You know, Mr Johar, I’d initially thought you’d handled yourself well on your show with Kangana Ranaut, especially for someone who was accused of nepotism and manufacturing scandal for benefit. You apologised (though it was qualified) and seemed to actually give your guest the chance to challenge you on her own terms. It was unexpected.
Well, thanks for not letting that unfamiliar feeling last too long.
Yesterday, when the story broke that you’d walked back that apology, and accused Kangana Ranaut of playing the victim and the ‘woman card’, I felt some relief. No more cognitive dissonance. You were, in fact, the ‘Uncle’ we knew you to be. After all, you were the same man who’d been “hurt” when a female actor asked for equal pay.
On the show, you had laughed, and apologised if you’d done what Kangana said you’d had done; and then when asked about it on another platform, pulled the rug out from under her.
A powerful man who produces, directs and occasionally acts in films in one of the largest movie industries in the world cannot tell an actor in the same industry to her face that he disagrees with her? You need to pander to her on your own show, and then stick a knife in her back a few weeks later?
This isn’t new to women in any industry, really—that they’re applauded in one room, while being derided by the same people in another. Strong vocal women especially: They’re used to being talked about behind their backs; they know you do it that way because then they can’t call you out on your hypocrisy.
But you didn’t stop there, did you? You didn’t just say you disagreed with her, which would have at least been a matter of opinion.
You told the world she was playing the victim. You told the world she was playing the woman card. Hmm, where have we heard that before? Only everywhere. Every woman who has ever complained about anything ever in a work environment has heard that. It has been whispered about her in the corridors, at the water fountain, at HR meetings…
We’ve all had to deal with being accused of being *gasp* women. But it’s not the insult you think it is.
You know, I watched that episode. She said she’d become who she was, and made her way in the industry inspite of you and your coterie. She said she grew, she taught herself how to speak “appropriately”, how to behave, because you made fun of her. She said you were the villain in the story of her life, but she never called herself a victim. Because she’s not a victim: She survived the nonsense the industry threw at her and won national awards, carried movies, and inspired millions of women.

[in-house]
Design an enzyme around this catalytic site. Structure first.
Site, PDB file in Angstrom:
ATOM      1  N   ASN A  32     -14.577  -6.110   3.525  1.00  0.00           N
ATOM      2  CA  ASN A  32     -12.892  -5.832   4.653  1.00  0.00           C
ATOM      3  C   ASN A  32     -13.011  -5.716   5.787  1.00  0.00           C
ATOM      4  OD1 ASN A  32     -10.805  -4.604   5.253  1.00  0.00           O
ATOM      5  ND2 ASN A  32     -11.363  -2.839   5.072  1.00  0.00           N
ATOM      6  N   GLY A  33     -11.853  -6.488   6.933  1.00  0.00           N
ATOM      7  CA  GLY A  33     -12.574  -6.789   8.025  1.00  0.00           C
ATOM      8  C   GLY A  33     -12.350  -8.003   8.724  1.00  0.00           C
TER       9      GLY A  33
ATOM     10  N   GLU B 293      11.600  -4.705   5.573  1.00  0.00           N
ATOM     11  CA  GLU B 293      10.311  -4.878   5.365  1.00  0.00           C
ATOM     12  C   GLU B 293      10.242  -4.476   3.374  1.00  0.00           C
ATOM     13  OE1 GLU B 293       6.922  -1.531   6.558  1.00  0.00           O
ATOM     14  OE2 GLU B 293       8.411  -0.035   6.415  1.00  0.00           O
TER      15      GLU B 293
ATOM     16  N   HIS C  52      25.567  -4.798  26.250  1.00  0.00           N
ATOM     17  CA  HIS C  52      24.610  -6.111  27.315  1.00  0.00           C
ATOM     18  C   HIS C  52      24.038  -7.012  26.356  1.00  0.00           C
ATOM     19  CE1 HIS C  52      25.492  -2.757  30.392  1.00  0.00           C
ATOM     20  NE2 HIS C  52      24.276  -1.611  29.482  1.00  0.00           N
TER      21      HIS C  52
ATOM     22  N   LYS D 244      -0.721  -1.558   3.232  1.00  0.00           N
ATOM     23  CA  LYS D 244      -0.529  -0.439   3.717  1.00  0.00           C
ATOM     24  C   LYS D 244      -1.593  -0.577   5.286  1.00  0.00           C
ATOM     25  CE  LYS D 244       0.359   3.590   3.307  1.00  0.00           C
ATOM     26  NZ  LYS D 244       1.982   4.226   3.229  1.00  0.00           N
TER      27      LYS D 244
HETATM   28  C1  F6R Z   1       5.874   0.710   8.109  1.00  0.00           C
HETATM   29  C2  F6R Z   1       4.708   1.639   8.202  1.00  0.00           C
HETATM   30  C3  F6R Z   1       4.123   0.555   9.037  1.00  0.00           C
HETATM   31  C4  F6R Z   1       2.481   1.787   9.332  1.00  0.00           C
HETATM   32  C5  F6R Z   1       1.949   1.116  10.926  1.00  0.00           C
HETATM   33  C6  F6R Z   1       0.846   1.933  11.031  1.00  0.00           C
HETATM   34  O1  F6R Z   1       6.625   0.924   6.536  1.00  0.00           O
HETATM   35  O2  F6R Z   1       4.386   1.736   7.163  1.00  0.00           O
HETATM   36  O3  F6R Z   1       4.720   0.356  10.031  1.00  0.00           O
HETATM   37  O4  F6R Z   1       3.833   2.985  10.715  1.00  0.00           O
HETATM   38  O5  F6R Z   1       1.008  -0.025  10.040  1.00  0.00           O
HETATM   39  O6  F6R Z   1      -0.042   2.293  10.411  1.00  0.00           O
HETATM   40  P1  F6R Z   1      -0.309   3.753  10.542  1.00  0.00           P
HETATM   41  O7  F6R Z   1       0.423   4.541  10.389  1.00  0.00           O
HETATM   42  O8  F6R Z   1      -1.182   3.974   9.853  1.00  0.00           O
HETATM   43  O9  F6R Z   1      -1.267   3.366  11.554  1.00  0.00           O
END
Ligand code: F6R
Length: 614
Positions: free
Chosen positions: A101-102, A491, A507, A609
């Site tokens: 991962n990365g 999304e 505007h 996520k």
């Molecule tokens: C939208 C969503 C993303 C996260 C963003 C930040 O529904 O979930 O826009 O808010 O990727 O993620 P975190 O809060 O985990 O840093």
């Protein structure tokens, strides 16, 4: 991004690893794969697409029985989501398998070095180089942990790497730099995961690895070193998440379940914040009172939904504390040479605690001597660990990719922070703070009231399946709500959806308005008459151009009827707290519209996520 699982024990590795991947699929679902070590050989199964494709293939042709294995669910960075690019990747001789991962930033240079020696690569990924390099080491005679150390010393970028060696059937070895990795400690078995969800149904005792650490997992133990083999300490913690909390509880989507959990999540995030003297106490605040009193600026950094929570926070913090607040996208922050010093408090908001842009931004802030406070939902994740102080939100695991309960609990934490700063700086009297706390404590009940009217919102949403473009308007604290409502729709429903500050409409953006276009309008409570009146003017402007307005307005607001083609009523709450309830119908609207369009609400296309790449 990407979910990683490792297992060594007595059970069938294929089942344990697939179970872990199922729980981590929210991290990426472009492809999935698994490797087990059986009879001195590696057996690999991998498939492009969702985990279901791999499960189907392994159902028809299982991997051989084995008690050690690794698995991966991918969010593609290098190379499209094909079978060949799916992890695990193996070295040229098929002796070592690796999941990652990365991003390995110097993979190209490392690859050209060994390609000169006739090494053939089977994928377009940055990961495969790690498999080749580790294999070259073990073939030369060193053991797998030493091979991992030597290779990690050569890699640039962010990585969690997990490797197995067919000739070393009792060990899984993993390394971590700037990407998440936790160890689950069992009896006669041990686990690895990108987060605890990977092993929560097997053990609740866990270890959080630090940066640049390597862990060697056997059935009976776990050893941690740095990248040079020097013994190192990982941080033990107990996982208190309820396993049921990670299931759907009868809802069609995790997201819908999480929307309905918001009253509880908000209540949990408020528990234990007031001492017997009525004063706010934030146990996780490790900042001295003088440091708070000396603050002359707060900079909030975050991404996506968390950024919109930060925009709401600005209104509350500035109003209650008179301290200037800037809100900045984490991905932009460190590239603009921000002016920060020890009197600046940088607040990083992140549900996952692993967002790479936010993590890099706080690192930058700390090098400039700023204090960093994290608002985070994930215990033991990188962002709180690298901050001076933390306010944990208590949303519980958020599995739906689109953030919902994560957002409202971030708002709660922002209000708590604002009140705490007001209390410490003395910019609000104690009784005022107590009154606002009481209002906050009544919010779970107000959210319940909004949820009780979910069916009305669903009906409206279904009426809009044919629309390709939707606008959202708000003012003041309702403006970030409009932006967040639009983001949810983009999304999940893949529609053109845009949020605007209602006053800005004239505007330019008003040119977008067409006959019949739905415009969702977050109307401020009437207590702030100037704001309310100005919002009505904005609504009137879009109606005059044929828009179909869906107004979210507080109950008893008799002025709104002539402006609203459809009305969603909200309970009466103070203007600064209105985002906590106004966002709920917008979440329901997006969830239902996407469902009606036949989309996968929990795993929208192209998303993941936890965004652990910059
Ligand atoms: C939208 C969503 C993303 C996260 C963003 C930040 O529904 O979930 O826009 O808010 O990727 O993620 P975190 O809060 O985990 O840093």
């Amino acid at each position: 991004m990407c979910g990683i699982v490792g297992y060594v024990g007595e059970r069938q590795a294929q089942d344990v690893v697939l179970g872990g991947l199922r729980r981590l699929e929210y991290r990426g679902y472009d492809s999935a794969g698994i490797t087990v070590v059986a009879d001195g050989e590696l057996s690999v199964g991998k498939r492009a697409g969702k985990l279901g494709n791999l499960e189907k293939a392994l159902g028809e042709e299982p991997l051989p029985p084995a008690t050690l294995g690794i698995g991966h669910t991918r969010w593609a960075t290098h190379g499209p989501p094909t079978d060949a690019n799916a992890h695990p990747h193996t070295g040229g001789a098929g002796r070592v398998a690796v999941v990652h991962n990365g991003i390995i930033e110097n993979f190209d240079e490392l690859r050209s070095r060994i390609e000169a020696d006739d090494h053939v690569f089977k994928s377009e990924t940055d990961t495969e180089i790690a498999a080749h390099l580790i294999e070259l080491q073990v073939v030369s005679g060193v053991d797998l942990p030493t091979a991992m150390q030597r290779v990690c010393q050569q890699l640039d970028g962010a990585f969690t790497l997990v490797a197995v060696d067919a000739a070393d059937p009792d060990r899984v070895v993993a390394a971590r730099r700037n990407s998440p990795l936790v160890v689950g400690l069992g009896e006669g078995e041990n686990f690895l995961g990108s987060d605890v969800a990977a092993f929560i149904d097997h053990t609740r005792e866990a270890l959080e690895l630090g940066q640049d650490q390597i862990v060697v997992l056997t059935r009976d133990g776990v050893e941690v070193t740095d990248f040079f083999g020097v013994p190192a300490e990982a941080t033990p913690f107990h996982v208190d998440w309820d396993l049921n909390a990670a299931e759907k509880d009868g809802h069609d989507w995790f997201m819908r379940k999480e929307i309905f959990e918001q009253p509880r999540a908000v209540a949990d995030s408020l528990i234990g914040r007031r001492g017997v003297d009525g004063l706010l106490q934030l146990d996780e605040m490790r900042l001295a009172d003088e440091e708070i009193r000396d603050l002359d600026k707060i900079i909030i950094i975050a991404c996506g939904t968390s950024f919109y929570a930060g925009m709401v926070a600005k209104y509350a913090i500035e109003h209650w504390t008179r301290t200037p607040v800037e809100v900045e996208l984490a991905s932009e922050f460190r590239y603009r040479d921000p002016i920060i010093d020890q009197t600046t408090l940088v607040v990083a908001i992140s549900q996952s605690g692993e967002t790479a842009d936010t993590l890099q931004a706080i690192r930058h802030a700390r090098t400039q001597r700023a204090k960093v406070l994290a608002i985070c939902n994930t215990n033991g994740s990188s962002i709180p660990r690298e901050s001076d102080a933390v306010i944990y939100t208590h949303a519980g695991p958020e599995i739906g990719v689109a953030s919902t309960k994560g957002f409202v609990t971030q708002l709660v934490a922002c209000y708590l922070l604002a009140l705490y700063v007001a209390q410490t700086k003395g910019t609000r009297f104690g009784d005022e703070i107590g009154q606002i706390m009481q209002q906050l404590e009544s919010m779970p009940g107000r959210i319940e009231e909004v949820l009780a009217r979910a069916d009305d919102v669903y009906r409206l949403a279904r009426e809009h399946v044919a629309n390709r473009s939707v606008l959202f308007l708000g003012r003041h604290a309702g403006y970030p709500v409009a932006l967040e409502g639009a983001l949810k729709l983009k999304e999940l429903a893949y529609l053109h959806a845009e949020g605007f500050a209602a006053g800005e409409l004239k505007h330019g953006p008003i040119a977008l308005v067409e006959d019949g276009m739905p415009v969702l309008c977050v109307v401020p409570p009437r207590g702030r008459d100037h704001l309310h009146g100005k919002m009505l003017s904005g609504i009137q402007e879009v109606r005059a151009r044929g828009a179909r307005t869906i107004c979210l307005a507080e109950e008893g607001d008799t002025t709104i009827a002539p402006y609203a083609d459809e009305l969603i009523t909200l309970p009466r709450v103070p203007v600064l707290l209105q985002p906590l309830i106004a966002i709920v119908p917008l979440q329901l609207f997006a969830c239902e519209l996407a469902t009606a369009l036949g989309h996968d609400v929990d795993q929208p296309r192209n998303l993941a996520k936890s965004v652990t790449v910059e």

Now, can we talk about the nepotism thing? You were part of the AIB roast a couple of years ago, and you were more than happy to let those guys take potshots at you about nepotism. But it’s suddenly so very hurtful and “false” when Kangana calls you out on it? Where did your self-awareness go? Or does it hurt more because a woman who didn’t need you in order to succeed called you out on it? Better face it, the only reason it hurts so much—the reason you aren’t able to shrug it off—is because it’s true. The very fact that you have to list the few people you have supported who aren’t related to you or your friends—that’s telling.
We’ve all made mistakes.
Not all of us get called out on it in the public eye, but that doesn’t reduce the truth. You have been nepotistic. The only reason you don’t seem to be able to accept it is because you don’t like the manner in which you were called out, or the messenger. Well, screw that.
The worst thing you said at the LSE event, though, was something that’s insidious about the patriarchy. That Kangana should leave the industry if she didn’t like the way it worked. If you can’t lump it, leave it. If women thought that way, we wouldn’t have made it anywhere in any battle. Over the past many decades, we’ve chosen NOT to lump it. We’ve fought against that mentality, the idea that work is a choice for women. To tell Kangana she should give up everything she has fought for because he doesn’t agree with her is the worst thing any man in a position of power could have ever said. You only reiterated what she’s been telling you all along: You are the villain in her story.